ux's part in the customer journey
the customer journey is more extensive than we imagine and provides many more opportunities for brands to be helpful to their customers than the straight forward service they promote. that said, if customer experience is so important why isn't it better? why is it so difficult to make it better? matt believes it falls upon companies to set their customer expectations and to then meet them. by examining what distractions your customers are experiencing you can map out a more streamlined route for them to take - ux should be effortless and stress free.

the objective and the super objective
if your brand is the answer, what is the question? to fully explore this it's interesting to look at the difference between the somewhat obvious objective and then to delve deeper into the super objective that may not necessarily have been thought of by the customer when they set out to fulfil their primary objective. this was illustrated by matt by looking at photography. the objective would be: take a photo. this is solved by a brand such as kodak. however, if we push this a step further to the super objective: share experiences and the way we see the world with others, the real solution would be brands such as instagram and tumblr.

sensory indulgence
according to matt, "great customer experience should indulge the senses" and he demonstrated this with the satisfaction in the textures that come with unboxing the leica. another great example of this, as cited by adam powers, is the little bit of resistance and puff of air that comes when you open an apple product. these relatively minor considerations do a great deal to add to the customer experience of the product and subsequently their perceived image of the brand.

great expectations
the implications for managing people's expectations are really far reaching and vary greatly between brands. as matt pointed out, there are a different set of expectations on apple than there are on android. harking back to a recent blog post by james caig, john lewis don't exceed expectations but you know what you're going to get. people want what they know - they don't want the best burger, they want a burger just like the burger they had the last time.

many other points were raised in the q&a and it made for a really engaging talk. i only wish i'd been able to stay longer. along with matt's book i also managed to pick up a copy of this handy dandy #ogilvychange book, which is beautifully designed and offers interesting insights into behavioural science practice from a range of the best behavioural economics books out there. snap one up at the next #ogilvychange talk.

Saturday, 5 January 2013

bye bye h

what a climactic end to the year! in the same month that i acquire my master's in the art of advertising (Em M. MA) i have also come to the end of a three month placement at one of the world's most notorious agencies.

i really enjoyed my past few months at bbh. really enjoyed them, they flew by and i'm sad to have left.

i entered into bbh through their home grown scheme along with three other 'home growners' and was placed on the second floor in sprint (the office is divided up into six, sprint, mint and penthouse - it makes sense once you're in there...) my first tasks included researching how people are using nfc for barclaycard and delving into social media for virgin media. we were lucky enough to be given talks by both charlie rudd and jon peppiatt in our first week who gave us a sense of what bbh is about and the kinds of attributes they seek in the people that work there.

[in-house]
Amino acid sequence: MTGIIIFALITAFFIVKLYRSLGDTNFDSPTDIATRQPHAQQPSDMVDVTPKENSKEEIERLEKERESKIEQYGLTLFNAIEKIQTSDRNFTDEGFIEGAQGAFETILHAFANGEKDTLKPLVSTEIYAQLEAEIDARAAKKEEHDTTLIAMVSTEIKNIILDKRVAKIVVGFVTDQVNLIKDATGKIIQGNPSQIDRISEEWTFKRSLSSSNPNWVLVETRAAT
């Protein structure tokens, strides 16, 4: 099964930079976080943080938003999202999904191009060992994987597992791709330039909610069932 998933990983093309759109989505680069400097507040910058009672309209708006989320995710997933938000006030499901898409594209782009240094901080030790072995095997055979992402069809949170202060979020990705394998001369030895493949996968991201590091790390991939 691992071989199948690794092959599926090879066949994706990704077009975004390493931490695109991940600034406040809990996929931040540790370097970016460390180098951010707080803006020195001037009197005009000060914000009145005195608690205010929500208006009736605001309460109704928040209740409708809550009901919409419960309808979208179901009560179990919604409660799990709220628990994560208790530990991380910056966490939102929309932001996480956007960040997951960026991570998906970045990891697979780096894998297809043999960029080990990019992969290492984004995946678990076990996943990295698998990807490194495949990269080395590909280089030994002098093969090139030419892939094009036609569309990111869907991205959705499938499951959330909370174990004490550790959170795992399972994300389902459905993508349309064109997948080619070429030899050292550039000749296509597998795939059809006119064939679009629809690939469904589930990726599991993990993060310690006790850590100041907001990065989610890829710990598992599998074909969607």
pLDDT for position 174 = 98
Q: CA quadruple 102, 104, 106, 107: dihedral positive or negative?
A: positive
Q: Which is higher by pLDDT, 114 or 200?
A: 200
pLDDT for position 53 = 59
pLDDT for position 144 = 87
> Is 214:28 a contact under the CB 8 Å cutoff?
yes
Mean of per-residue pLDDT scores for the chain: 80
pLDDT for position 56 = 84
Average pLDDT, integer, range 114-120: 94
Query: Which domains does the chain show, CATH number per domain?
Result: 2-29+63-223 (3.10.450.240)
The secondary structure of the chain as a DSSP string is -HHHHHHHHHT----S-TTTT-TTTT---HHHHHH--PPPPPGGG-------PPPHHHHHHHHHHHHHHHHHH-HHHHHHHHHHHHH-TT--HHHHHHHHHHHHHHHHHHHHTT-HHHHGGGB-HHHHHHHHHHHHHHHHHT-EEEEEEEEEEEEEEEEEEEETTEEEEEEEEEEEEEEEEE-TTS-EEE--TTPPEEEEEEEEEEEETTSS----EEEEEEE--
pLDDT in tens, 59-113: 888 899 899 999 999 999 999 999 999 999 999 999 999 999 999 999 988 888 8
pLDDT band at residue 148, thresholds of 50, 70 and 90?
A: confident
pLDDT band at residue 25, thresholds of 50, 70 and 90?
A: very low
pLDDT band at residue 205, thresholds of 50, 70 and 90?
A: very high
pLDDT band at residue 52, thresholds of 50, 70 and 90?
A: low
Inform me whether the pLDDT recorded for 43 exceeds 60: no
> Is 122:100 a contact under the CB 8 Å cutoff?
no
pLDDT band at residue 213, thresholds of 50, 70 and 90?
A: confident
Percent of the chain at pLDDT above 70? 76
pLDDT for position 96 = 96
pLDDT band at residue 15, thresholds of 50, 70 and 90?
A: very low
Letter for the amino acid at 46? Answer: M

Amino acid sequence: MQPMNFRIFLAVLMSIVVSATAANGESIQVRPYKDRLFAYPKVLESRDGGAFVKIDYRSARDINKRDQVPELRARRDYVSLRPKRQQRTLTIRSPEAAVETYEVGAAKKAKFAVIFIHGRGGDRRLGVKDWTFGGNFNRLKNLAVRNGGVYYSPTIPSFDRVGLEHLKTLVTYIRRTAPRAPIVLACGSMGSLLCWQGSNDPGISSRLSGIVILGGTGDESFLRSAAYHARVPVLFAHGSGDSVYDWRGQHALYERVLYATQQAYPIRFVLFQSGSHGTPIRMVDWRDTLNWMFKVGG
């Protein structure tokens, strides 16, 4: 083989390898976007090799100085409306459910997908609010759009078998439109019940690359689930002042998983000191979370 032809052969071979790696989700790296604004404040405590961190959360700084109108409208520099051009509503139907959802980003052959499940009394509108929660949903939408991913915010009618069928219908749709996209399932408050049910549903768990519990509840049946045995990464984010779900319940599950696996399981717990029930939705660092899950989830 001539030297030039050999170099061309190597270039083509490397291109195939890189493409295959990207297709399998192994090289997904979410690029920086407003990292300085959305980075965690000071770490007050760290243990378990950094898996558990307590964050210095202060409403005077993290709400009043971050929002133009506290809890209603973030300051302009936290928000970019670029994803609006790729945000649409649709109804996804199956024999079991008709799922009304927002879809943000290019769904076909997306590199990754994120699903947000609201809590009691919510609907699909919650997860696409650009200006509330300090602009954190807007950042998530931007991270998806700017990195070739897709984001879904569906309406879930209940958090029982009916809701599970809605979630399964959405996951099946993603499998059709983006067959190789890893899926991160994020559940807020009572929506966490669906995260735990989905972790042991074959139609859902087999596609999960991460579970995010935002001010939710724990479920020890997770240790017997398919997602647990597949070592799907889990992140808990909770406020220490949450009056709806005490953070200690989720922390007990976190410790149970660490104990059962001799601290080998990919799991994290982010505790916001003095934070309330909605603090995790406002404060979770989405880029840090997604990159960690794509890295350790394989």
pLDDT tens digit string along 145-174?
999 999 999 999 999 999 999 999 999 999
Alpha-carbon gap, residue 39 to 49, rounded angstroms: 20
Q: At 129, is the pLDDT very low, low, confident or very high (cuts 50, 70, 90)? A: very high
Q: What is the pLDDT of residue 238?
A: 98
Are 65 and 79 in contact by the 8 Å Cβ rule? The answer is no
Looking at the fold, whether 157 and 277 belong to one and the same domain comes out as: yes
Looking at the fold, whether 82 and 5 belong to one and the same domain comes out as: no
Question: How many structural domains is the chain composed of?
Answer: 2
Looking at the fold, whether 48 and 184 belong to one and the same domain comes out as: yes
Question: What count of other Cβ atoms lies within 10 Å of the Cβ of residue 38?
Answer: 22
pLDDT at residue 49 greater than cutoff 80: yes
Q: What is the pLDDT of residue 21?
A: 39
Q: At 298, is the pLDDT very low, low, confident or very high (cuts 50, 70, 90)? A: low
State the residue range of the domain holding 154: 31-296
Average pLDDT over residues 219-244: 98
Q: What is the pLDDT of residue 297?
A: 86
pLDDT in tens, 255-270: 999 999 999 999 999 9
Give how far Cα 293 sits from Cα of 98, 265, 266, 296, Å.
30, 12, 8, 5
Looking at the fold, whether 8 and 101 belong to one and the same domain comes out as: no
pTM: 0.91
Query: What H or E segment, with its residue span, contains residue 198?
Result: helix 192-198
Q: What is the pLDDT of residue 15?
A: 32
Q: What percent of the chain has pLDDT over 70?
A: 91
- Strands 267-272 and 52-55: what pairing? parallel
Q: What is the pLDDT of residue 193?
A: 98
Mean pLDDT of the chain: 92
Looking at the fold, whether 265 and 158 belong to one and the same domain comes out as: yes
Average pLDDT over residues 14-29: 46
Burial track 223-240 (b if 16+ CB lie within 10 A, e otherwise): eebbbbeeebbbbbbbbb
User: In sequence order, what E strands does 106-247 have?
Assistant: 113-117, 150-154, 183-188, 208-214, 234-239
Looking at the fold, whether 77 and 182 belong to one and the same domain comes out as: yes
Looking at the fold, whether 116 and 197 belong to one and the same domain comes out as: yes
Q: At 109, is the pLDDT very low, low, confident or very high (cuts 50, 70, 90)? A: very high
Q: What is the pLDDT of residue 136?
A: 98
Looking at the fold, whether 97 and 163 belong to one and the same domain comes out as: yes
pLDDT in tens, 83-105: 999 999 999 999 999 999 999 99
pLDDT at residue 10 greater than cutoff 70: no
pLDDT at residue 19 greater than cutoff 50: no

in my second month, as building work began and the agency transformed into a submarine, i was kindly taken under the wing of the research department on the premise that as a junior strategist the way that i could be most useful would be if i can find things quickly. richard helyar and his team opened up google a new for me as well as giving me a clear breakdown of their tools, including tgi, sysomos and warc. during this second month we also got a talk about insights from jim carroll (as mentioned in a previous post, a man who evokes huge respect), he explained the importance not only of condensing thought but also expanding it, setting tasks which may be worth a post in themselves.

throughout our time there we had the homegrown team, including abi and rishi, to go to with any concerns or queries and many other people were also generous with their time to have a coffee and impart their advice. i never took for granted the power of the minds in that building, as well as how nice everyone was. the old paradox of being good and friendly really holds true there (at least in my experience).

in my final few weeks i worked on a weekly digital zeitgeist for audi and a mobile thought piece for nick fell, which i'll be posting shortly. i also shadowed the prodigy that is tim jones. i helped him and the virgin media team on a commercial strategy and got to go to my first focus group.

the great thing about doing my placement at this time of year was that i got to go to the company meeting in the guardian building and the office christmas party. the less great thing is that it's not the best time for hiring and although it had always been made clear that there wouldn't necessarily be a job available, it would have been the perfect end to the year. i shouldn't have drunk so much of the kool-aid but this hopefully won't be the absolute end to my time there. as i said to john hegarty on my last day "i hope this is more 'au revoir' and not 'adieu'", yes, i actually said that to him. goals for 2013 include working on my inner monologue and being less awkward around advertising legends.